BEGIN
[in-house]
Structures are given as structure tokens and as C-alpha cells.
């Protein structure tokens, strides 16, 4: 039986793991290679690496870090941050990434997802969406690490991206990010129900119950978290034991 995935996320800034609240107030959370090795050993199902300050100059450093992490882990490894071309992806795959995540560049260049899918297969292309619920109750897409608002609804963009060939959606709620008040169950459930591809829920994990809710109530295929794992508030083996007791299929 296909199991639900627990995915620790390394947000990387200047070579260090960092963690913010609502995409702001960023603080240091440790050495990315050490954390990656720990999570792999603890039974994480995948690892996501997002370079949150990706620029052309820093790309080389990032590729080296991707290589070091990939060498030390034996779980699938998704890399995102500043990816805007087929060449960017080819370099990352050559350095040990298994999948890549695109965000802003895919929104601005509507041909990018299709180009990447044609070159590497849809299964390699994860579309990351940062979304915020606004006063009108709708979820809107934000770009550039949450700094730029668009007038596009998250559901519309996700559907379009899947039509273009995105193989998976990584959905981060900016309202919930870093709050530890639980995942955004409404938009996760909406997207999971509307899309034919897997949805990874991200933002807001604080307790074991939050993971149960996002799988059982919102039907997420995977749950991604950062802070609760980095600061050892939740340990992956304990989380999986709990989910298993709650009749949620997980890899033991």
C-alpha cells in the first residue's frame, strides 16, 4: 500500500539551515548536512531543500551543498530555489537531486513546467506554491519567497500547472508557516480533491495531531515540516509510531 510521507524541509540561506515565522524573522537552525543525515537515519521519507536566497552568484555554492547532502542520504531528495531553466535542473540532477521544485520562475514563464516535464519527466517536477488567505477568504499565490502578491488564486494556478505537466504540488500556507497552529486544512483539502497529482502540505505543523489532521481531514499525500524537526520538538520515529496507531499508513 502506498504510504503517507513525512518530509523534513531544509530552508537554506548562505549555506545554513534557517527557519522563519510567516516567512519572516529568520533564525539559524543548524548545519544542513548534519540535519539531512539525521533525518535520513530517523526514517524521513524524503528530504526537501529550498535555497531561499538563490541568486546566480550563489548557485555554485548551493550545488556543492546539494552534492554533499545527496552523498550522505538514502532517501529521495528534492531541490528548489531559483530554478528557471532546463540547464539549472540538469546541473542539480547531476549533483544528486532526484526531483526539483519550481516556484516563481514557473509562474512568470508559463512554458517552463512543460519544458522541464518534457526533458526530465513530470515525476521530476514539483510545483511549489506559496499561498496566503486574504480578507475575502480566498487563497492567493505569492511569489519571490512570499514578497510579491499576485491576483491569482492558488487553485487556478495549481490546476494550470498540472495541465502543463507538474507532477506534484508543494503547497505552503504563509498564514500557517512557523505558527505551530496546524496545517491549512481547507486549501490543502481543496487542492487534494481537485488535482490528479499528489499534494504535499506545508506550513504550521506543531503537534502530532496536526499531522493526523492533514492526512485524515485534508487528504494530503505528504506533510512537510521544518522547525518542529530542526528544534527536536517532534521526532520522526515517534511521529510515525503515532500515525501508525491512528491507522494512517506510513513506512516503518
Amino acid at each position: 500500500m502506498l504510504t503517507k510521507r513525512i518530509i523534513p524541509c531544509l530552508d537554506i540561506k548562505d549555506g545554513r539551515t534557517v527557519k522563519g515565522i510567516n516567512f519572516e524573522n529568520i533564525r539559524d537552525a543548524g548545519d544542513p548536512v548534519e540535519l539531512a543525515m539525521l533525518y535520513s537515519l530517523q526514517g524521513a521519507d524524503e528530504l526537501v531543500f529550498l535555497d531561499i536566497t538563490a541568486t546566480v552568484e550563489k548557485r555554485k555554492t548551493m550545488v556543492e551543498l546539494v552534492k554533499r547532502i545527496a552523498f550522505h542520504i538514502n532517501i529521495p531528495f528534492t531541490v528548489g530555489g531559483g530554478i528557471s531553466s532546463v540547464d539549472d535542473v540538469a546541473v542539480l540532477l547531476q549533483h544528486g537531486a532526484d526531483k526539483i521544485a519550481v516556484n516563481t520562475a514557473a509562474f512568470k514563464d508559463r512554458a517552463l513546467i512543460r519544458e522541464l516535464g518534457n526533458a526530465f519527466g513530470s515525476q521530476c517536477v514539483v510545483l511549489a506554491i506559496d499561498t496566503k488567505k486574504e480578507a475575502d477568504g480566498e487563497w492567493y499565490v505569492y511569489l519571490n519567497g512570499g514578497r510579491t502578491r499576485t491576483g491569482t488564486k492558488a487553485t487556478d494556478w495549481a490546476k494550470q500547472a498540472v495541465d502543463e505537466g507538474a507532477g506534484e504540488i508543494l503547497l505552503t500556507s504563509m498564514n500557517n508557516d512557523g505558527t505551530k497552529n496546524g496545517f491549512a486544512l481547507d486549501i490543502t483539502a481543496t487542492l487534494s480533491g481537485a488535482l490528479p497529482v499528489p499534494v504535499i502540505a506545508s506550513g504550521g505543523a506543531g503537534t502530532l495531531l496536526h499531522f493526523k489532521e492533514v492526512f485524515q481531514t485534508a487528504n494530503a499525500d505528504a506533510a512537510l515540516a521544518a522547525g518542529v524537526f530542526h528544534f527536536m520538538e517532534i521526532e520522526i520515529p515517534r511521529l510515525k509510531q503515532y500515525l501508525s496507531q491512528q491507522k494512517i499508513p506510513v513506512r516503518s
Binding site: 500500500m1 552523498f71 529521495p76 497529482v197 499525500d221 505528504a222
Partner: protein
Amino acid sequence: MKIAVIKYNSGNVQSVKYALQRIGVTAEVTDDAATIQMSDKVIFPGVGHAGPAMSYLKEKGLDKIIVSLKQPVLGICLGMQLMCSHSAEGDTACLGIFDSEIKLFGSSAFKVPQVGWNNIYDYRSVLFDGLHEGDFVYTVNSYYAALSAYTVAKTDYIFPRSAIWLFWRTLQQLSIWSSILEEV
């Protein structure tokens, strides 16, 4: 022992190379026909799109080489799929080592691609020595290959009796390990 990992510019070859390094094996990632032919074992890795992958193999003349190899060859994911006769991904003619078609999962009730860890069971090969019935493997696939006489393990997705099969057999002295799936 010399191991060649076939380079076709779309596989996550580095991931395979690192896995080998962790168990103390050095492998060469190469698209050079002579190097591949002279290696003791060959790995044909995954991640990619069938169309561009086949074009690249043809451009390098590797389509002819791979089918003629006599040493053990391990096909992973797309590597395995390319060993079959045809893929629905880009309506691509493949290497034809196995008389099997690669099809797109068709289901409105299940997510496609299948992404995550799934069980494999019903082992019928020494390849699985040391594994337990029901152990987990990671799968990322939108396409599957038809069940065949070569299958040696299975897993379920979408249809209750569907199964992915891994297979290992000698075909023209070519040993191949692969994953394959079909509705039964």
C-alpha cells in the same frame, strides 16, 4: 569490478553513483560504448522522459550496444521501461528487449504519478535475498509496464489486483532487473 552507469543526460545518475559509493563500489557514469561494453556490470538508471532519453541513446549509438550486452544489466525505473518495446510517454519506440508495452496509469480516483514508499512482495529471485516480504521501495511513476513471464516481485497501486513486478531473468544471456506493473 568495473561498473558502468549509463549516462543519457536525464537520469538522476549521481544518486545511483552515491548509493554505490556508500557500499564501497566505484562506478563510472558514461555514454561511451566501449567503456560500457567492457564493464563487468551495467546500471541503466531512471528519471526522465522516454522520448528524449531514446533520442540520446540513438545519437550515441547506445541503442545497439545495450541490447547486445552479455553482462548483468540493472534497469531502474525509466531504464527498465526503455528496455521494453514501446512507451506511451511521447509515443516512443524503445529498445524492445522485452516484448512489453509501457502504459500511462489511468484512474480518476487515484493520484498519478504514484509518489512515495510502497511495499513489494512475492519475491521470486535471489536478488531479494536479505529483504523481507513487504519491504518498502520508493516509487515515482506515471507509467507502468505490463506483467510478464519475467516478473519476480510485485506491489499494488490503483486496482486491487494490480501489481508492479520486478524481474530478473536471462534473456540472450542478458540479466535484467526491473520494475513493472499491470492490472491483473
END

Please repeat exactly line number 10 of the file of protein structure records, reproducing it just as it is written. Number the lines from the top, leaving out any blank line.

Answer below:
C-alpha cells in the same frame, strides 16, 4: 569490478553513483560504448522522459550496444521501461528487449504519478535475498509496464489486483532487473 552507469543526460545518475559509493563500489557514469561494453556490470538508471532519453541513446549509438550486452544489466525505473518495446510517454519506440508495452496509469480516483514508499512482495529471485516480504521501495511513476513471464516481485497501486513486478531473468544471456506493473 568495473561498473558502468549509463549516462543519457536525464537520469538522476549521481544518486545511483552515491548509493554505490556508500557500499564501497566505484562506478563510472558514461555514454561511451566501449567503456560500457567492457564493464563487468551495467546500471541503466531512471528519471526522465522516454522520448528524449531514446533520442540520446540513438545519437550515441547506445541503442545497439545495450541490447547486445552479455553482462548483468540493472534497469531502474525509466531504464527498465526503455528496455521494453514501446512507451506511451511521447509515443516512443524503445529498445524492445522485452516484448512489453509501457502504459500511462489511468484512474480518476487515484493520484498519478504514484509518489512515495510502497511495499513489494512475492519475491521470486535471489536478488531479494536479505529483504523481507513487504519491504518498502520508493516509487515515482506515471507509467507502468505490463506483467510478464519475467516478473519476480510485485506491489499494488490503483486496482486491487494490480501489481508492479520486478524481474530478473536471462534473456540472450542478458540479466535484467526491473520494475513493472499491470492490472491483473